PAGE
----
Offshore oil spill clean up case study


Courtesy of Oil Pollution Environmental Control Ltd

In the event of a major incident occurring offshore, for example a tanker casualty running aground or breaking up for any reason, it is of paramount importance to deploy emergency response to protect and save human life. Once this has been done an assessment of the casualty should be made on whether it is possible to salvage the vessel and its contents and to assess the type and amount of oil that is being spilled.
All this is carried out by an incident room, which should be set up at the nearest port/land base, from which equipment and manpower can be deployed. This should be supported by a crisis management team and offshore/onshore teams to co-ordinate the spill response and salvage operations. Aerial recognisance should also be set up immediately, whether it be fixed wing or other aircraft, to monitor oil slicks as they develop.

If through wind and tide the slick is being blown out to sea then it is best for nature to take its course and allow natural dispersion to take place. If it is likely that the oil should make a landfall, all efforts should be made to recover as much oil at sea as is possible.

OPEC Force 7 utilises the well established adsorption characteristics of polypropylene mops and we have developed a surface trawl mop net which when deployed on the open sea gives a trapezoidal configuration and a swathe path of 15 metres and a net length of 60 metres with an adsorption capability of up to 12 tonnes. The cycle operation allows a deployment and retrieval cycle of 7 times per hour giving a recovery rate of 70 tonnes per hour.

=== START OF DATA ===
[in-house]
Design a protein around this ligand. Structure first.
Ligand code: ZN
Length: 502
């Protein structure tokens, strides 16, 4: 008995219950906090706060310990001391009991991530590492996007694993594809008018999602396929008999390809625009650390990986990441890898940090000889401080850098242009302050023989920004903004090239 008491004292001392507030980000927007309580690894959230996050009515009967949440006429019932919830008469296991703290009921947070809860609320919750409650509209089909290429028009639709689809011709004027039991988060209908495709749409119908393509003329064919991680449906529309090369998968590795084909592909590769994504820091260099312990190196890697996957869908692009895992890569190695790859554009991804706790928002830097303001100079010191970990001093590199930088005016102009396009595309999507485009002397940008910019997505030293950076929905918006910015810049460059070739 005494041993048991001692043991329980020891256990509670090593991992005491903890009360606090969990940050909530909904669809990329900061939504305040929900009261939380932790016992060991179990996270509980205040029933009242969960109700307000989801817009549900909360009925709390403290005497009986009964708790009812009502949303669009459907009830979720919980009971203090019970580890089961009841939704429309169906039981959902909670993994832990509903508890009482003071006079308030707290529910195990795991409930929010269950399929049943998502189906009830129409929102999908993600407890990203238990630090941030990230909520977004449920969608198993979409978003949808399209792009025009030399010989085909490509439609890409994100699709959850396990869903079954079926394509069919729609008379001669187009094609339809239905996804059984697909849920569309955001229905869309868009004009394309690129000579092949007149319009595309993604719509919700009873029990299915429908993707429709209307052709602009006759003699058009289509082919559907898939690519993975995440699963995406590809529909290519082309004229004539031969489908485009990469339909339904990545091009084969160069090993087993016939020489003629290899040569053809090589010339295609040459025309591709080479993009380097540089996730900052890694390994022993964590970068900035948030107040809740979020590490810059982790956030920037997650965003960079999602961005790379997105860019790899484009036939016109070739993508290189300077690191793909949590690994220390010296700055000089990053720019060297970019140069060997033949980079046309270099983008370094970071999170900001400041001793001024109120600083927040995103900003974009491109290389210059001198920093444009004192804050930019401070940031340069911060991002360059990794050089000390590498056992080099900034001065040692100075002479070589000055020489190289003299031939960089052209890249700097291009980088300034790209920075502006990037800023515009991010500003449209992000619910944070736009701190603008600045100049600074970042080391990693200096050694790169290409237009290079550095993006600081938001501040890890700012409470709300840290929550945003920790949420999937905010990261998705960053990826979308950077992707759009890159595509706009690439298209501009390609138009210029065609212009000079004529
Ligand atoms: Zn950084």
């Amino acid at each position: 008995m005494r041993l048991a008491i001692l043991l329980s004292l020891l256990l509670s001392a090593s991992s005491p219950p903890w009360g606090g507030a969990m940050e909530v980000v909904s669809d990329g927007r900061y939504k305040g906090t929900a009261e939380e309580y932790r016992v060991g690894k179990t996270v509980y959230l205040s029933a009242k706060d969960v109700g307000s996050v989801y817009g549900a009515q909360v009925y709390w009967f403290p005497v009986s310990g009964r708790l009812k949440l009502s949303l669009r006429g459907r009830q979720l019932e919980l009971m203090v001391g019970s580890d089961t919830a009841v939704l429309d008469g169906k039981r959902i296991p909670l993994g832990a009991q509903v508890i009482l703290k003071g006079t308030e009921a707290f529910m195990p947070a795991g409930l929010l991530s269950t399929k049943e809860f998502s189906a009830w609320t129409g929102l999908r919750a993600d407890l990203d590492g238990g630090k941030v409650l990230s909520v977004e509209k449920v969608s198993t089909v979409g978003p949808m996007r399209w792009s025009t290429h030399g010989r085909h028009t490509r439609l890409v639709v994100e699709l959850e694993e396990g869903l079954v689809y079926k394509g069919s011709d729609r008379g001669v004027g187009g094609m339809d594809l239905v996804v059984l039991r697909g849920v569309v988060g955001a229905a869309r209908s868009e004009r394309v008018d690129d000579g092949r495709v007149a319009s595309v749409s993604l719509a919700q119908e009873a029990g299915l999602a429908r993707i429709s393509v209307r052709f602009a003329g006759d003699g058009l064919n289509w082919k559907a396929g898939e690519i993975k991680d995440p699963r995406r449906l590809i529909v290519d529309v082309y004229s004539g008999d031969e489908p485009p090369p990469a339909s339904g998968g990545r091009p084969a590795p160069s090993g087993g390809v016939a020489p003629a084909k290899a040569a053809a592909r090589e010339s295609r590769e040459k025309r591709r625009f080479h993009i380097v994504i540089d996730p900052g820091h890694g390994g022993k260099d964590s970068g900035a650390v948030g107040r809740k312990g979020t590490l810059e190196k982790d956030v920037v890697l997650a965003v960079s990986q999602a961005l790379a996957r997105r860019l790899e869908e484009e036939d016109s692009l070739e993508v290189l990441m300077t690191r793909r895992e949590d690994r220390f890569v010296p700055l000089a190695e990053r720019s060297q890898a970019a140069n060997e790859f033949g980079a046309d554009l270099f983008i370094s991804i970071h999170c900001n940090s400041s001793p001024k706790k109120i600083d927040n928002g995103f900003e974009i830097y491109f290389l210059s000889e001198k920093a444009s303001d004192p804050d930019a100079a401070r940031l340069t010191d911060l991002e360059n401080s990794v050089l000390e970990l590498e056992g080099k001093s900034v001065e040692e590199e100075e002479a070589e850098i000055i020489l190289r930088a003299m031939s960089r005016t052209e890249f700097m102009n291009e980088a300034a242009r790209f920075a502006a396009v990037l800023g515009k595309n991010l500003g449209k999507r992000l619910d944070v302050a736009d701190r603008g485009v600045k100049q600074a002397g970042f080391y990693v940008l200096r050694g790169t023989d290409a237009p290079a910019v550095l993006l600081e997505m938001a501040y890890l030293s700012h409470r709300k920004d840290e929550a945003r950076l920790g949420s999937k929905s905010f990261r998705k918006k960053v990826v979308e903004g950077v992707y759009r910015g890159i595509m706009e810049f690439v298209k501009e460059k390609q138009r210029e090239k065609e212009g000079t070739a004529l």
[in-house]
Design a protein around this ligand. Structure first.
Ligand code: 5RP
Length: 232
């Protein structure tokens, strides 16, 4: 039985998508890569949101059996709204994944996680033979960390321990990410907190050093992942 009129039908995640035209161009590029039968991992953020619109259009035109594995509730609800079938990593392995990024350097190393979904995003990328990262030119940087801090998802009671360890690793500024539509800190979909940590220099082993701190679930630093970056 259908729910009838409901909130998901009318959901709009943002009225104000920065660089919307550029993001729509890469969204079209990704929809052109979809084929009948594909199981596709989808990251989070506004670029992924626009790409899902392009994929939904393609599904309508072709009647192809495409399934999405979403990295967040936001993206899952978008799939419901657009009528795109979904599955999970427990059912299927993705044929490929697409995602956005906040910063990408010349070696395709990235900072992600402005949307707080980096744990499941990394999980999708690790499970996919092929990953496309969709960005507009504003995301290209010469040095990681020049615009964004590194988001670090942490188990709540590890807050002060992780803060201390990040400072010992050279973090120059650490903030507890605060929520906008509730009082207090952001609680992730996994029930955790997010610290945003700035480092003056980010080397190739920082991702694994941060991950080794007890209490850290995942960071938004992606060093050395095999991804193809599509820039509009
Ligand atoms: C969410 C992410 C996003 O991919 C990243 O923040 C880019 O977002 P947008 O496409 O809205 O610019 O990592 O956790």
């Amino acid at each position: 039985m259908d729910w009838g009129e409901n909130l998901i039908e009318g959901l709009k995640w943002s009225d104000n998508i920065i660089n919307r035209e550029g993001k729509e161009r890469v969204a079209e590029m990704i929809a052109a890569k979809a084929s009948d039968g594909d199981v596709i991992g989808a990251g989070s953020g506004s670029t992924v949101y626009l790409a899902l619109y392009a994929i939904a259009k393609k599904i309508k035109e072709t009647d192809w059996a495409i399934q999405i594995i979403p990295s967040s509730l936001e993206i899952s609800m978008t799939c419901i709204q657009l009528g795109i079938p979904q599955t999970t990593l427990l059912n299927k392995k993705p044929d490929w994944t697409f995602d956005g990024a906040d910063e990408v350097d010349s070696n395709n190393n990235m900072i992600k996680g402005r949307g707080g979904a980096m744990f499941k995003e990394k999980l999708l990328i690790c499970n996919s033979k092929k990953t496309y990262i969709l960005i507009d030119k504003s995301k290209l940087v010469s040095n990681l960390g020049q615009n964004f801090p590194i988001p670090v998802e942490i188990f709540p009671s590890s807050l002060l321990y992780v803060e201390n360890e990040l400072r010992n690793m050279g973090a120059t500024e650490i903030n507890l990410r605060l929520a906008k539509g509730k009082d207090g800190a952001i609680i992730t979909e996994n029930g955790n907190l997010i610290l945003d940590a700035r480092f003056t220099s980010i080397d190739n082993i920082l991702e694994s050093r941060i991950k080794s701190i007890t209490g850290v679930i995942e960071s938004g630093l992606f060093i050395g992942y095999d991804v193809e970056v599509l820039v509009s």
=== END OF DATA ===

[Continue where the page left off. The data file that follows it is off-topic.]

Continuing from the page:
This is a single ship deployment system without the need for containment booms. Due to national or international maritime rules, vessels used in oil recovery may not be classed to allow recovered oil to be stored in inboard tanks. Therefore it is important to also have towed temporary recovered oil storage tanks available to allow the operation to continue without the need for support vessels. The OPEC Flexitanks were developed and designed for this purpose and are supplied in standard sizes between 5 tonnes and 100 tonnes recovered oil storage capacity. These can be folded up and stored on deck when not in use and have in-built buoyancy to assist in deployment and retrieval.

With such a system there is the obvious advantage of using 1 vessel. The recovery costs are minimised since all vessels available can be used to the maximum effect, operating costs are much lower, manpower requirements are much lower, ongoing training and maintenance costs again are very much lower. Definite alternatives to be considered for future offshore cleaning operations at sea.

Oil recovery on land
It must be expected that whatever means are used not all of the oil will be recovered at sea and landfall will occur, in which case oil/debris containment booms should be deployed to minimise the area of pollution along the coast by deploying the boom in such a way as to deflect the oil to sacrificial beaches. These should have good access for equipment and manpower and be as far away as is possible from the natural habitat of marine creatures and docks and harbours.

In the event that polluting oil makes landfall, whether or not it be a sacrificial beach, OPEC have specialised equipment which can remove this oil along the shoreline. The Series 5000 has been specifically developed to deal with heavy oils and heavily weathered crude oil and can be used in boomed areas to recover large quantities of oil very quickly. The equipment will pick up oil with very little free water and incorporates an integral pump system to allow the transfer pumping of recovered oil to pits which can be subsequently emptied by gully suckers/tankers or directly to tankers. If the oil gets on to the beach, trenches can be dug and OPEC E-Series mop skimmer systems can be deployed to recover the oil gathering in the trenches. In some cases the mop skimmer can also be deployed over the surface of the beach area as required.